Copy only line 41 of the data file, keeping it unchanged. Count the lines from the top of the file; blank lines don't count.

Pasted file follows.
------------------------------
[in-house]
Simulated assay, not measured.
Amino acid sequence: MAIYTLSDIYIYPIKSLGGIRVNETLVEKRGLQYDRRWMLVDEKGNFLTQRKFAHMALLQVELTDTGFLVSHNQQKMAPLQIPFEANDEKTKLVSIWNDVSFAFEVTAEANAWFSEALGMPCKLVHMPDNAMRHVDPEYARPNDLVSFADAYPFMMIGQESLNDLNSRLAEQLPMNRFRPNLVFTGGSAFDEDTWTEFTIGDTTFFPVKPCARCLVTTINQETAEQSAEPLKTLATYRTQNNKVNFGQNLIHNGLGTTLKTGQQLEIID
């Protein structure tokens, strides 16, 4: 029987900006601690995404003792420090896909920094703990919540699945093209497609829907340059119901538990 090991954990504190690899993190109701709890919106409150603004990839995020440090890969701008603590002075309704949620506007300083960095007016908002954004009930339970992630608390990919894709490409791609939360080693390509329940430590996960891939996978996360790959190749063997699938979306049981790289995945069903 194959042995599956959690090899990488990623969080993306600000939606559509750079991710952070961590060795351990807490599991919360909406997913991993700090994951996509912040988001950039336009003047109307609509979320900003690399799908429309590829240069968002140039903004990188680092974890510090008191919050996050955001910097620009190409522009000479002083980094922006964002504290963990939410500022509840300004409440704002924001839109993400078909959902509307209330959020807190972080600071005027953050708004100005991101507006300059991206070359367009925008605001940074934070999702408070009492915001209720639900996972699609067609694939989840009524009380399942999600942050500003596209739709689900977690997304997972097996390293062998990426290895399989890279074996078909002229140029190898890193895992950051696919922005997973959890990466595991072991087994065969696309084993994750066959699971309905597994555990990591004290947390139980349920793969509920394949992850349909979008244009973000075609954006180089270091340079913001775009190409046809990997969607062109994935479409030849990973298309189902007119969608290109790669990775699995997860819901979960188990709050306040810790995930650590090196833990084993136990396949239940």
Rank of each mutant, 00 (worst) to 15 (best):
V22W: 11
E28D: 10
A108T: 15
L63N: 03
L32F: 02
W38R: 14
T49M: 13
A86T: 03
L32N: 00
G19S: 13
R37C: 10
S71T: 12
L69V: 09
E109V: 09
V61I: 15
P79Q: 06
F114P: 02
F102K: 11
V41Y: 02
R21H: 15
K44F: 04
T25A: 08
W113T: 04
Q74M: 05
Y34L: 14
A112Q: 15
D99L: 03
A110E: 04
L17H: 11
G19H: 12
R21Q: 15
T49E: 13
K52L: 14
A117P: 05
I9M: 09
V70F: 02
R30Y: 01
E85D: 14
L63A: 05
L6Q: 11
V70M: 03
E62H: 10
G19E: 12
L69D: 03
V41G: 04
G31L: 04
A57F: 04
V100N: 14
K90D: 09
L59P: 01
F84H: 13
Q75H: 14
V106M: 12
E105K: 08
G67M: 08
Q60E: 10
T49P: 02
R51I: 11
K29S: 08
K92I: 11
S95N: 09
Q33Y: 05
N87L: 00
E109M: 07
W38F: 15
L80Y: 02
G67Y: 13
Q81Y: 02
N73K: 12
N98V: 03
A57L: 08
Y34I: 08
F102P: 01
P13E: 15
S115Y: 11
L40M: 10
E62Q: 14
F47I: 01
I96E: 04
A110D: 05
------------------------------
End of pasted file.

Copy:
V70F: 02